No issue other than jobs, (outside of an unexpected major domestic/international crisis or a major scandal), has so great a political capacity to short-circuit both the Democratic Party's majority party status in Congress and the Obama administration's tenure.
Historically, the economy's health has had a major impact on voters' decisions, and a key measure of that health has been job creation, and by extension, the U.S. unemployment rate. (There's considerable political science research and polling data to support the above, and much of that knowledge was first discovered by scholar Angus Campbell, et al., in The American Voter.)
Here's where Obama and the congressional Democrats stand now:
During off-year Congressional elections, the party in charge of the White House typically loses 10 to 14 House seats and a few Senate seats, and the reason has little to do with whatever issues are current at the time. Off-year Congressional elections are party-line elections -- historically, most independent/unaffiliated voters don't vote in them because nothing "really big" is at stake, like the presidency -- and this typically depresses voter turnout. Subtract those independent voters (many of whom may have been swayed to vote for the president, and by extension, his party, in the previous election), and you get the notorious off-year seat loss for the party in charge of the White House.
However, add an important issue -- like the economy (good or bad), or a war, or a scandal (such as Watergate), and turnout is affected. If the party in charge of the White House is solving the problem, it gains votes; if it isn't solving the problem, it can lose a lot of votes, and hence a lot of seats in Congress.
Therefore, given the nation's high unemployment rate of 10.2%, if the 2010 congressional election were held today, the Democrats would get swamped: They'd lose about 20 to 25 seats in the House, and two or three, perhaps even as many as five Senate seats. And it doesn't matter if the party in power, in this case the Democrats, didn't cause the problem. The American people say: "There's a problem (in this case jobs/unemployment rate). You're in charge. Now fix it."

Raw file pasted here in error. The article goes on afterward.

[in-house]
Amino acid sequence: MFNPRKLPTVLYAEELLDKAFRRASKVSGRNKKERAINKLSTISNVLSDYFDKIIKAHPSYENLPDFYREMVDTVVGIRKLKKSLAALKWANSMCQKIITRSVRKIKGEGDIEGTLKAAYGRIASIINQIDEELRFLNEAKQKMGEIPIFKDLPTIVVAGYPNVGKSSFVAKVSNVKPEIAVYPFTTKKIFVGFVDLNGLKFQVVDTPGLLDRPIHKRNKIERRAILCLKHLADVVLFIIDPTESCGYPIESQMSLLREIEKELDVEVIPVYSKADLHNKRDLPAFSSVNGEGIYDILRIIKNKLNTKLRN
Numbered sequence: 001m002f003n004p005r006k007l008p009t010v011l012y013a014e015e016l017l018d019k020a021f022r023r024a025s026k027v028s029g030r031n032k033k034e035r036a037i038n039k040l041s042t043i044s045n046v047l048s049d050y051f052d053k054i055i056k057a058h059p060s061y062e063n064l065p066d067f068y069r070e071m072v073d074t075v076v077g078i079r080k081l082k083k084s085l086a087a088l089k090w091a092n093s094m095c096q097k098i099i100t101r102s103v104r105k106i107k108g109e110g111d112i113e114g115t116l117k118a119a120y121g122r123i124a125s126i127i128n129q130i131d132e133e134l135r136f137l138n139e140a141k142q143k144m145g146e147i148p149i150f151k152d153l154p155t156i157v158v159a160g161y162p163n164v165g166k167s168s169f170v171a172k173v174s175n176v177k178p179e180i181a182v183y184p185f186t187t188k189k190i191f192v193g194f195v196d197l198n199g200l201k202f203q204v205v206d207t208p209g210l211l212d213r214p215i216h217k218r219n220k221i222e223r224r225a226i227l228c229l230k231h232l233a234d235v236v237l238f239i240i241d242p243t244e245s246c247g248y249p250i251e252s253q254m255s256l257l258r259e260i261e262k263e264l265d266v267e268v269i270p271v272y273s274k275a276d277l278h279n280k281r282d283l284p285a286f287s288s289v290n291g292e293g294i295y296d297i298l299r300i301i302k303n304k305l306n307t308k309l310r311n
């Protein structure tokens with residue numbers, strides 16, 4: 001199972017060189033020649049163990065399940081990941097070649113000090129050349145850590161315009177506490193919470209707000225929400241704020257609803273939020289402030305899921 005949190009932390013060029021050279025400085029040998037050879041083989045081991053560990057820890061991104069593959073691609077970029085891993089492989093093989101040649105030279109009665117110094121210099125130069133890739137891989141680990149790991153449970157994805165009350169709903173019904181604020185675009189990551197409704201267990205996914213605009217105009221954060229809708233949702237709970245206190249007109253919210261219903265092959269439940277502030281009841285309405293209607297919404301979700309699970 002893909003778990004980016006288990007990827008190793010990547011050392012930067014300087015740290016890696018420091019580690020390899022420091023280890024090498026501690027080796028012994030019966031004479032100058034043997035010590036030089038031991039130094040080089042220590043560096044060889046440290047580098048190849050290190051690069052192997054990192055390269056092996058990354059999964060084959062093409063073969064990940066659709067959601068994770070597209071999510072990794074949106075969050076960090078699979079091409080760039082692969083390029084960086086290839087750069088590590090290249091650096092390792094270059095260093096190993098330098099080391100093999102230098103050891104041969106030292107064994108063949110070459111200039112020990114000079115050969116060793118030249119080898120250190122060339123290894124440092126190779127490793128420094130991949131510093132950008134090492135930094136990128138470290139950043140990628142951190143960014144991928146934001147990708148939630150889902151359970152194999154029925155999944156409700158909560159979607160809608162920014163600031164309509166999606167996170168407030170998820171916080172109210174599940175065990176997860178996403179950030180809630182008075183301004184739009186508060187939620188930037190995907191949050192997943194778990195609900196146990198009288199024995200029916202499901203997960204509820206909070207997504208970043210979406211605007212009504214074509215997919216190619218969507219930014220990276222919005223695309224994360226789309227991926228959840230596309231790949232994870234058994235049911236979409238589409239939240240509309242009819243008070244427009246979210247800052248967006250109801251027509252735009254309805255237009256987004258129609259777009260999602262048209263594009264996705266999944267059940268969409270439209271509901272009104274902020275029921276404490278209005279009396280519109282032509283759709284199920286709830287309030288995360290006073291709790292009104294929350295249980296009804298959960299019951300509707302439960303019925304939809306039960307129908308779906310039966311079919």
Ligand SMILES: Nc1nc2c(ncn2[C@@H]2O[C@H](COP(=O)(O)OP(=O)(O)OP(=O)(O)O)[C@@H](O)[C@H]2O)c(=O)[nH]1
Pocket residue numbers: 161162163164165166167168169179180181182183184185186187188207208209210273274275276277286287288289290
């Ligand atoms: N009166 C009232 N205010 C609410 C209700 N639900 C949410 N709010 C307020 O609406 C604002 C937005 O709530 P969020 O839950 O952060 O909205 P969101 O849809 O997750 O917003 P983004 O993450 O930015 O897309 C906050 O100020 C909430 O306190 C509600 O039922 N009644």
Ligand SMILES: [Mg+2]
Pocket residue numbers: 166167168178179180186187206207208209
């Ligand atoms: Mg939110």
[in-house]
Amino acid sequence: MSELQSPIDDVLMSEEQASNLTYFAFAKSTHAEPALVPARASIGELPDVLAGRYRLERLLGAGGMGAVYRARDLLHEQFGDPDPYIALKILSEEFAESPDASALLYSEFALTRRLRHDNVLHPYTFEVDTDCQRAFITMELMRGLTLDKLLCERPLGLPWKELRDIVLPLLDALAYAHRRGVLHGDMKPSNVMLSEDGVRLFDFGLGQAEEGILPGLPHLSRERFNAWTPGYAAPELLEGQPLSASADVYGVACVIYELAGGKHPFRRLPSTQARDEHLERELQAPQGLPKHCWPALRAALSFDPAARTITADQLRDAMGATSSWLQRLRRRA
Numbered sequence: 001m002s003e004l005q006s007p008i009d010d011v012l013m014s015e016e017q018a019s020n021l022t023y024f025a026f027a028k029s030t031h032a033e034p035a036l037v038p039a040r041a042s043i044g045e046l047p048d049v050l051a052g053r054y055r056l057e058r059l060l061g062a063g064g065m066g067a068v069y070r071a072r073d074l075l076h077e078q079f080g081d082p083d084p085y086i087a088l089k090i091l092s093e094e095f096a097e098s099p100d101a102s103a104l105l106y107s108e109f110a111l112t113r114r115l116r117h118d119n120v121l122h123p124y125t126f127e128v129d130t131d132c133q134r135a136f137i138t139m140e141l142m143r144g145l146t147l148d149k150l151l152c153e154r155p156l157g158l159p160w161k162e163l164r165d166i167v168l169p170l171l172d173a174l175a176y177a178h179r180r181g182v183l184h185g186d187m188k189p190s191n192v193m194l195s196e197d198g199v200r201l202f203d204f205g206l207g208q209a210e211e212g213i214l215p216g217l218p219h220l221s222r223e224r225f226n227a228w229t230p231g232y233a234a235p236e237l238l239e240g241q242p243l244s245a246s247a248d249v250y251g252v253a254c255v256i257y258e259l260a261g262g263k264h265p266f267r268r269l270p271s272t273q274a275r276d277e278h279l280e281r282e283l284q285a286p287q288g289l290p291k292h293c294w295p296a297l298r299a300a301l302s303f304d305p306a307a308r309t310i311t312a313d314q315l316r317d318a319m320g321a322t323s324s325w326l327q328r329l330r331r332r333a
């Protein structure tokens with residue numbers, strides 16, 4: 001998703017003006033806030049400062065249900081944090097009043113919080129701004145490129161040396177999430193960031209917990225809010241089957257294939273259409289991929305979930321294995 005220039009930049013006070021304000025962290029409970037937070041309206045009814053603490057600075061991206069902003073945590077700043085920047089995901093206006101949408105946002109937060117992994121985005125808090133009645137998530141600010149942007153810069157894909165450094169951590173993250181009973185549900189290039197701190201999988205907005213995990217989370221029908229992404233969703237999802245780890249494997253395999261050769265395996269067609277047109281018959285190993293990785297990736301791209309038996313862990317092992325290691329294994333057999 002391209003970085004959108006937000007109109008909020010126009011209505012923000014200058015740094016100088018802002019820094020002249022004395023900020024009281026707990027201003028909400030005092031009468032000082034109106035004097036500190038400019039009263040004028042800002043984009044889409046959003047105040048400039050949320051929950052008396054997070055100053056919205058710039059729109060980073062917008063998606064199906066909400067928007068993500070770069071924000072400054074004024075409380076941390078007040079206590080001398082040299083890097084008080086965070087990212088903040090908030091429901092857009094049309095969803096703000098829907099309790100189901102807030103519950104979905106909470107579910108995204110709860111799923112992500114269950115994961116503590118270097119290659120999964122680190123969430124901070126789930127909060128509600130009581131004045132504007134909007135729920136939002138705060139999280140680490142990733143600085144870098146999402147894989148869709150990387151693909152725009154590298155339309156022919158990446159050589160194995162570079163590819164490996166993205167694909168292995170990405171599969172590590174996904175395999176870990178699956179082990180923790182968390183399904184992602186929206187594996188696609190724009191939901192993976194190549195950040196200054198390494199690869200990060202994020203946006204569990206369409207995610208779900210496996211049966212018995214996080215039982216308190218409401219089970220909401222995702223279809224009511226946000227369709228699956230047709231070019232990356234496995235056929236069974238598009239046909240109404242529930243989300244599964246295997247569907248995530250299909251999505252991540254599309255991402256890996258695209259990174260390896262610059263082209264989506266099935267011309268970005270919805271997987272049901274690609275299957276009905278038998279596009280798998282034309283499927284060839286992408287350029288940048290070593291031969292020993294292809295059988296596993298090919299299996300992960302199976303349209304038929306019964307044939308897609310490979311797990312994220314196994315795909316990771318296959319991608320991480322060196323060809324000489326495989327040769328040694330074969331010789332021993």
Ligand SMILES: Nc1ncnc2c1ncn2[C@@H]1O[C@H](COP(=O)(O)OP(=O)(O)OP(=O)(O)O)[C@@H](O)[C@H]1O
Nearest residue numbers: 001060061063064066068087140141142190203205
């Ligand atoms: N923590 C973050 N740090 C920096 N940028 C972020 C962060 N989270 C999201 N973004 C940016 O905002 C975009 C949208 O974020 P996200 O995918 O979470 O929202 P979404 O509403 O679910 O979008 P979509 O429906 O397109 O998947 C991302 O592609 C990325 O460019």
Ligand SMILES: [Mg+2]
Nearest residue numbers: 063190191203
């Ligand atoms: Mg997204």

Essentially, once a party wins the presidency/gains control of Congress, that party takes ownership of the problems facing the nation, economic and otherwise. Fair? Hardly. But that's how the American people think and vote.
That's why it doesn't matter, politically, that the recession started during the presidency of George W. Bush: The recession, and the U.S. economy's inadequate number of jobs are President Obama's -- and congressional Democrats' -- problems.
The Clock Is Ticking for Democrats
However, there is some good news for Obama and the Democrats: The 2010 election is not today. (And, conversely, what the Republicans wouldn't give to be able to move up the 2010 election to January 2010!)
But the 2010 election approaches. Now, the big question is, how long do Obama and the Democrats have to solve the jobs problem?
In a nutshell, they have about six months, or until June 1, 2010, to get the jobs needle pointed in the right direction. And the reason is that most voters make up their mind who (or which party) they're going to vote for about six months prior to the election. Essentially, voters assess the state of the nation through Memorial Day, then take the summer off, and when they start paying attention again to politics at summer's end, rarely do issues facing the nation change enough in September and October to change their vote in November.
But investors should note that I said "get the jobs needle pointed in the right direction." Obama and the Democrats do not have to create 7.6 million jobs the U.S. economy has lost to-date in six months, or even anything close to that.
Rather, what the American people want to see is an end to job losses and a U.S economy that's creating between 150,000 and 200,000 jobs per month, etc. They also want to see the unemployment rate start to decline. In other words, by June, the American people want to see tangible improvement in economic conditions that affect their lives.
To be sure, other economic issues and international issues historically have influenced voters' decisions: inflation, taxes, trade and, of course, wars. Some pundits argue a potential tax cut will attract voters from across the spectrum to Republicans in 2010. Nope -- the issue won't mean much politically: Tax cuts have little appeal for citizens with little or no income.
So Obama and congressional Democrats should devote most of their political capital to implementing economic policies that will get the great American job creation machine going again.
If those jobs don't appear by June 2010, the Democrats will suffer a major defeat in November 2010, and the Obama era will be jeopardized. However, if job creation resumes, the Democrats could actually gain seats in the House and Senate, and the Obama presidency will be strengthened.
Financial Editor Joseph Lazzaro is writing a book on the U.S. presidency and the U.S. economy.